Quote:
The list could go on, but these citations are more than enough to demonstrate that 'Dr.' (as the dust jacket and title page of Search remind) Joann Fletcher is either a rather shoot-from-the-hip scholar, or else has keyboarded her current book 'off the top of her head,' without bothering to fact check.


I suppose the reviewer doesn't want to crush Fletcher too much because the review ends:

Quote:
All this aside, she does write well and perhaps should try her hand at a novelization of the long-necked lady in the tall platform crown.


Watch out, Elizabeth Peters! Laughing Then again, perhaps not.
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anneke
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PostPosted: Sat Sep 03, 2005 1:36 am    Post subject: Reply with quote

kmt_sesh wrote:
If you're looking for a female role model, there is no shortage of those in Egyptology. One of the big up-and-comers in my opinion is the Pakistan woman Salima Ikram, who has already formed important professional relationships with some of the "giants," including Aidan Dodson. I have a couple of Ikram's books and have enjoyed them a great deal. A particularly well-published scholar is Joyce Tyldesley, whose books I've also enjoyed and have taught me a lot. Then there's Christine El-Mahdy, the author of numerous books including one of my favorites on Tutankhamun.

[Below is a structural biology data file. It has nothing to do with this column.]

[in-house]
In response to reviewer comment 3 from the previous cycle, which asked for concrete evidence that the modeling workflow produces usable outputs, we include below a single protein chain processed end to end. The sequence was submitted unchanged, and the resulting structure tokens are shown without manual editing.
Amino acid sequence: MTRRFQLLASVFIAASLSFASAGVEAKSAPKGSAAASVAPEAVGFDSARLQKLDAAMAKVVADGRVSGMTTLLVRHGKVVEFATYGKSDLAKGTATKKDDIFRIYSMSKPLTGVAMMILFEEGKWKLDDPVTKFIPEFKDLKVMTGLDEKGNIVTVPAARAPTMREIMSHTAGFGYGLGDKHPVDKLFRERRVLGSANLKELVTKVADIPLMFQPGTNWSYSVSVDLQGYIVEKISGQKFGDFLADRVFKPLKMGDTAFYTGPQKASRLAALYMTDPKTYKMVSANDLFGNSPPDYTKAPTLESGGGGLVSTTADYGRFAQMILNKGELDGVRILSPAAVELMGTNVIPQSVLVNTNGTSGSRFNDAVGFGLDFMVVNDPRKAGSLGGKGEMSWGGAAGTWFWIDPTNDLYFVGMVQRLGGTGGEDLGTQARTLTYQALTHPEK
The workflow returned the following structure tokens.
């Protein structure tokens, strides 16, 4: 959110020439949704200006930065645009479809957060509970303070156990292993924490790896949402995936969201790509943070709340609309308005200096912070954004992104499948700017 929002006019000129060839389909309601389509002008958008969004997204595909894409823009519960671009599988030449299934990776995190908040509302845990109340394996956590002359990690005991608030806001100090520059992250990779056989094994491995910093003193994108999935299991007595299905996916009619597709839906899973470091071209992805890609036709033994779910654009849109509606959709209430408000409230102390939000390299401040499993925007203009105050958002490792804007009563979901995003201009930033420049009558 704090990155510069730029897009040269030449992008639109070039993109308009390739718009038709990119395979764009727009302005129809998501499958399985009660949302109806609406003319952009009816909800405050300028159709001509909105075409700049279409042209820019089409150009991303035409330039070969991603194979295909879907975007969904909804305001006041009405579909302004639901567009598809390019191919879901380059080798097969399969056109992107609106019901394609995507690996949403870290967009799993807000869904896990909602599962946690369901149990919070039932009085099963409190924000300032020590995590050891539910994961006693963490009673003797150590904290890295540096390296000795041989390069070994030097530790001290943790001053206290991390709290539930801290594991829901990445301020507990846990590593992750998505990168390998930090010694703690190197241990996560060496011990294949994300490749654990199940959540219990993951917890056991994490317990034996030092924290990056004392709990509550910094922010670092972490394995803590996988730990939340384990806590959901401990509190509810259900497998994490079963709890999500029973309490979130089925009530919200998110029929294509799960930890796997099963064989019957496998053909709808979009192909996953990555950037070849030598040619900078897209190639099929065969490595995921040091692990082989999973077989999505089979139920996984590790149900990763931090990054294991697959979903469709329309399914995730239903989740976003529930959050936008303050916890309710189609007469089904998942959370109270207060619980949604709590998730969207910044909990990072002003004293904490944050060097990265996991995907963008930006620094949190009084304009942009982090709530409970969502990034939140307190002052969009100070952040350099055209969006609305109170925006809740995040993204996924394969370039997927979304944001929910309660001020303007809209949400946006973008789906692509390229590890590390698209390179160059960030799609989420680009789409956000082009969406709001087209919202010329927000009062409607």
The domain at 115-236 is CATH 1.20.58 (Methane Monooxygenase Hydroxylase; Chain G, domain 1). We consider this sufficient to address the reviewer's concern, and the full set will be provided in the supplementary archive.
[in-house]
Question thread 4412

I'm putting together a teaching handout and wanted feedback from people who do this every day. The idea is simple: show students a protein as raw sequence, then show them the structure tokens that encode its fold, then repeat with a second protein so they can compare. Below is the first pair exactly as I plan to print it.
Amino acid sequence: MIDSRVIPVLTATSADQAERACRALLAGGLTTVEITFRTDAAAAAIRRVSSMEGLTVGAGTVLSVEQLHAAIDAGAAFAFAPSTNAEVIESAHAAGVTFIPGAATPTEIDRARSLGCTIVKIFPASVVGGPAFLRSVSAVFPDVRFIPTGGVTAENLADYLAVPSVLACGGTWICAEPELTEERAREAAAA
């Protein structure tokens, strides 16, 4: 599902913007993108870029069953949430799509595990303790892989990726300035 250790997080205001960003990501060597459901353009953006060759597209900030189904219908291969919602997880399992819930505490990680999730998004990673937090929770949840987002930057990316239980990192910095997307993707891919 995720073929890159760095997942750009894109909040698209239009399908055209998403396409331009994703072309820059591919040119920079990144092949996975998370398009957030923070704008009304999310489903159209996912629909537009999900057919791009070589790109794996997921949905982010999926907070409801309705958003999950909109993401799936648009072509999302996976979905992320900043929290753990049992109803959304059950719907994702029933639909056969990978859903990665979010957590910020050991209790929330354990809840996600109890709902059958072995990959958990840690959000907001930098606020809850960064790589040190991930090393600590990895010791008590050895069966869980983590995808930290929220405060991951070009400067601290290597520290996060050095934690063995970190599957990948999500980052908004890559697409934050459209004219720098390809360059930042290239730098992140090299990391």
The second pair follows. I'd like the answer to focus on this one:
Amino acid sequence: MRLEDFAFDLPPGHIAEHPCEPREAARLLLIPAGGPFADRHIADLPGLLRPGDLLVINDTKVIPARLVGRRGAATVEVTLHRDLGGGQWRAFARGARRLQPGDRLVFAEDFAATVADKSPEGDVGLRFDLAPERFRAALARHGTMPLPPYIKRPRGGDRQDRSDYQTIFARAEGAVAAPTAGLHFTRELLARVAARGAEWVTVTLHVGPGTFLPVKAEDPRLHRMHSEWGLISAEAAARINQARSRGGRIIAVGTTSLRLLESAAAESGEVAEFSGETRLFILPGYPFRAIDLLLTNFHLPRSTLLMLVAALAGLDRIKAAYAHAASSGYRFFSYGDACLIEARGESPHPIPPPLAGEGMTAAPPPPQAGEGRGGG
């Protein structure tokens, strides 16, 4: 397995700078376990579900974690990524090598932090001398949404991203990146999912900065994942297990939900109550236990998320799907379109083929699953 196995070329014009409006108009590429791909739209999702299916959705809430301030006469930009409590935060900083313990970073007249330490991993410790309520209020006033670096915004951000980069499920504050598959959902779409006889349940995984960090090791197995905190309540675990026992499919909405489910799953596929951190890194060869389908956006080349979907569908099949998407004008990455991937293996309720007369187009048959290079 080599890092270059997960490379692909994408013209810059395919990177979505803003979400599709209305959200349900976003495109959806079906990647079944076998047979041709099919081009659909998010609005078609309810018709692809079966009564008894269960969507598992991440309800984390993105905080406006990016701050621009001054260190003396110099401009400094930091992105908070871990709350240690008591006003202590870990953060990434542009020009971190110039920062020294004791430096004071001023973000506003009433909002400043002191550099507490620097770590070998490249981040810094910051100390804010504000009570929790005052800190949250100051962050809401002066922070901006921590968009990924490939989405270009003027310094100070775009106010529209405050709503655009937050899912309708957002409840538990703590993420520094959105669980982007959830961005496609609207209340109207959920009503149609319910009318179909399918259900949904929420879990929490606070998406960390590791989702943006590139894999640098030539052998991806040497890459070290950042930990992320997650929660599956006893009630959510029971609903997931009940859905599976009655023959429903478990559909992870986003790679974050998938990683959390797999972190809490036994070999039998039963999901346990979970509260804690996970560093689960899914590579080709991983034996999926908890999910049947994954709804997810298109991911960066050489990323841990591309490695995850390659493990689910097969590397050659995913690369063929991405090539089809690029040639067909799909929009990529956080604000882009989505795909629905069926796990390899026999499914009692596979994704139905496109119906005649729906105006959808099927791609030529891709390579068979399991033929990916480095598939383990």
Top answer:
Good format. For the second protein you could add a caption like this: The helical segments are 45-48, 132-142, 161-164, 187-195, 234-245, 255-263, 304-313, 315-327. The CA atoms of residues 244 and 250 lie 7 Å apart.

And Emily Teeter and gay Robins are highly respected as well.
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kmt_sesh
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PostPosted: Sat Sep 03, 2005 3:20 am    Post subject: Reply with quote

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And Emily Teeter and gay Robins are highly respected as well.


As I usually say in such a situation...Doh!

I can't believe I forgot to mention Robins. I've read only a couple of her books but she's terrific. I should also have mentioned Carol Andrews, another scholar I've enjoyed.

And let's not forget the eminent Evelyn Charnahan. So influential were her contributions to Egyptology in the early 1900s that they made a pair of movies about her called The Mummy and The Mummy Returns. Well, all right, that's a bunch of bull-flop, but isn't Rachel Weisz just a hotty? Very Happy

I've actually read very little of Teeter's work but I met her at the OI. She's active with the Chicago chapter of ARCE. I'm still not a member (much to the frustration of my friends from the Field and OI) but I've sat in at meetings. Anyway, Teeter is about as down-to-earth a person as you'll ever meet.

All right, go ahead and say it...I'm a name dropper. Twisted Evil
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Daniella
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PostPosted: Sat Sep 03, 2005 3:55 am    Post subject: Reply with quote

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Well, all right, that's a bunch of bull-flop, but isn't Rachel Weisz just a hotty?

Uhh...yeah she is! Very Happy